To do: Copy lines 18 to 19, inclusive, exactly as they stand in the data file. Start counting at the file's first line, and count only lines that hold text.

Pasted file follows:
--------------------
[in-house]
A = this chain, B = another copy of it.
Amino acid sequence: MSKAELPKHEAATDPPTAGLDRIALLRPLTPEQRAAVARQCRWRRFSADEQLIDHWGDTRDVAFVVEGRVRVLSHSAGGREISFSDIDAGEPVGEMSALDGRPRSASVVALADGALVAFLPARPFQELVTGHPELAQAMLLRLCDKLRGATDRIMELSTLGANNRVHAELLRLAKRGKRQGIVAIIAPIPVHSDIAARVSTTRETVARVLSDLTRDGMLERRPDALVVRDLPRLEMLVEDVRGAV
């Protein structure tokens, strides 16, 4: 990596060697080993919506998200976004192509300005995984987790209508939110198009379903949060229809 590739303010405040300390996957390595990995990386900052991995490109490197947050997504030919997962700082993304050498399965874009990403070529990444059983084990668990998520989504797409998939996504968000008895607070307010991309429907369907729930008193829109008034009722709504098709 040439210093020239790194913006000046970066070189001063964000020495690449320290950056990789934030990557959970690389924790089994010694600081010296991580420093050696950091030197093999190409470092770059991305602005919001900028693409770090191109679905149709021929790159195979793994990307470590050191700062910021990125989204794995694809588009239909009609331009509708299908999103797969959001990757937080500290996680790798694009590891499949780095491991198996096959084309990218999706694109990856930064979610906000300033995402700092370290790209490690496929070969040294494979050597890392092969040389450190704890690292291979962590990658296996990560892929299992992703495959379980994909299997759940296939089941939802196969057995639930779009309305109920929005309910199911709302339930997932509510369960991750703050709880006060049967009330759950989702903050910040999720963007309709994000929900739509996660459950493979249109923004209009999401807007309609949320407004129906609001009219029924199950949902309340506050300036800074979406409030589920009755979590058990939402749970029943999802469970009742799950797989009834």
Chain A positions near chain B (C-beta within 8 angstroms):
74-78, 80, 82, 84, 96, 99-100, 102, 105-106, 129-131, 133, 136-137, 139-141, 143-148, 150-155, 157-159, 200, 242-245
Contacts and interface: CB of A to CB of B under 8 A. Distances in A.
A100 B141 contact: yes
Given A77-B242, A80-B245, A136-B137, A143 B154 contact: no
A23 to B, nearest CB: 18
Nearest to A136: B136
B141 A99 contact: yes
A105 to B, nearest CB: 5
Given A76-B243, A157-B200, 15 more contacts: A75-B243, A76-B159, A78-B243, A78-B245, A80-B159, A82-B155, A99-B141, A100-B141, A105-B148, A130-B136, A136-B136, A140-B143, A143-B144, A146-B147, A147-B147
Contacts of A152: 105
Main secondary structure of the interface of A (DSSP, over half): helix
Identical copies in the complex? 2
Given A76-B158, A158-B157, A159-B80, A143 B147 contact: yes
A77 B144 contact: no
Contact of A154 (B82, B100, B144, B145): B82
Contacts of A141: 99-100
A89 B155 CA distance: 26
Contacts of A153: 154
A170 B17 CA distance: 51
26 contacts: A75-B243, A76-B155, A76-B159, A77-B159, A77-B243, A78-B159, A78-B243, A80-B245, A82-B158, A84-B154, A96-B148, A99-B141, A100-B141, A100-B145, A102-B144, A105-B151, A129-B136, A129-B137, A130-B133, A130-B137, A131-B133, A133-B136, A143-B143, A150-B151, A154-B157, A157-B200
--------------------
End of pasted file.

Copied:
Given A76-B158, A158-B157, A159-B80, A143 B147 contact: yes
A77 B144 contact: no